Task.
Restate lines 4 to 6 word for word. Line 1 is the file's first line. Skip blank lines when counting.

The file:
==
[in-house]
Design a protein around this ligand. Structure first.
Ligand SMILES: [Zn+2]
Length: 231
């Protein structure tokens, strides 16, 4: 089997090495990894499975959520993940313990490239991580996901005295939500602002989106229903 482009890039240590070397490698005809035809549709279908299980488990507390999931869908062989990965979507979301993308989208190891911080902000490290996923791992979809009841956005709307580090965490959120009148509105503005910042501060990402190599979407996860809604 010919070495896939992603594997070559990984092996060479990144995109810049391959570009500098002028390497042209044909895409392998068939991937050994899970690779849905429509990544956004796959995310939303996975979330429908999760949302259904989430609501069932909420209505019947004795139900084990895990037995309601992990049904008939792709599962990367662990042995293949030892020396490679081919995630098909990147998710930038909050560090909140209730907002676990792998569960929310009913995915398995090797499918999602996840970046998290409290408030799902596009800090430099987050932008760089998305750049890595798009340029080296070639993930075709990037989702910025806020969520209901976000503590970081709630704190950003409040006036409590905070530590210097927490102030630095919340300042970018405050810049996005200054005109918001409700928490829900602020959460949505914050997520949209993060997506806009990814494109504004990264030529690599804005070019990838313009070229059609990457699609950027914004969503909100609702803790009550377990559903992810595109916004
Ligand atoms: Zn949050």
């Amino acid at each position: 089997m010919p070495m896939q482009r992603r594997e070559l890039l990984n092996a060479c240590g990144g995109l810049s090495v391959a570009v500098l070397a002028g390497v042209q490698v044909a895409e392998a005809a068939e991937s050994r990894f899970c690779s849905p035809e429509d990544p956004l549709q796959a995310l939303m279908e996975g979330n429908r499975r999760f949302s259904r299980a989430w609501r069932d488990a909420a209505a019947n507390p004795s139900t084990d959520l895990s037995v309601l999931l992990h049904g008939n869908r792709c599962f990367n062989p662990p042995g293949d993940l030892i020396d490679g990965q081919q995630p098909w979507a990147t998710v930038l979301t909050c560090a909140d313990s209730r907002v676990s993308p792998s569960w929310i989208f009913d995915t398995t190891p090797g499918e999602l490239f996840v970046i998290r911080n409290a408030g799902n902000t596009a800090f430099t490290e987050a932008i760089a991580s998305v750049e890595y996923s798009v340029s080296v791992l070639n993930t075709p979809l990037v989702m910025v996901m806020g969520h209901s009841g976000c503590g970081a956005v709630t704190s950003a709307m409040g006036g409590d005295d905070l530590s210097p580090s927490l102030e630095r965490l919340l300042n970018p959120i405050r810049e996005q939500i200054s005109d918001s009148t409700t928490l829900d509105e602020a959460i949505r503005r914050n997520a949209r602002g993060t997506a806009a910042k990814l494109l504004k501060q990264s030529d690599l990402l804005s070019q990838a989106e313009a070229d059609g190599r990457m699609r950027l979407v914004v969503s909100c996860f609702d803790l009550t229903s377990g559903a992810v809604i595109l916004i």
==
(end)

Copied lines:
Length: 231
């Protein structure tokens, strides 16, 4: 089997090495990894499975959520993940313990490239991580996901005295939500602002989106229903 482009890039240590070397490698005809035809549709279908299980488990507390999931869908062989990965979507979301993308989208190891911080902000490290996923791992979809009841956005709307580090965490959120009148509105503005910042501060990402190599979407996860809604 010919070495896939992603594997070559990984092996060479990144995109810049391959570009500098002028390497042209044909895409392998068939991937050994899970690779849905429509990544956004796959995310939303996975979330429908999760949302259904989430609501069932909420209505019947004795139900084990895990037995309601992990049904008939792709599962990367662990042995293949030892020396490679081919995630098909990147998710930038909050560090909140209730907002676990792998569960929310009913995915398995090797499918999602996840970046998290409290408030799902596009800090430099987050932008760089998305750049890595798009340029080296070639993930075709990037989702910025806020969520209901976000503590970081709630704190950003409040006036409590905070530590210097927490102030630095919340300042970018405050810049996005200054005109918001409700928490829900602020959460949505914050997520949209993060997506806009990814494109504004990264030529690599804005070019990838313009070229059609990457699609950027914004969503909100609702803790009550377990559903992810595109916004
Ligand atoms: Zn949050």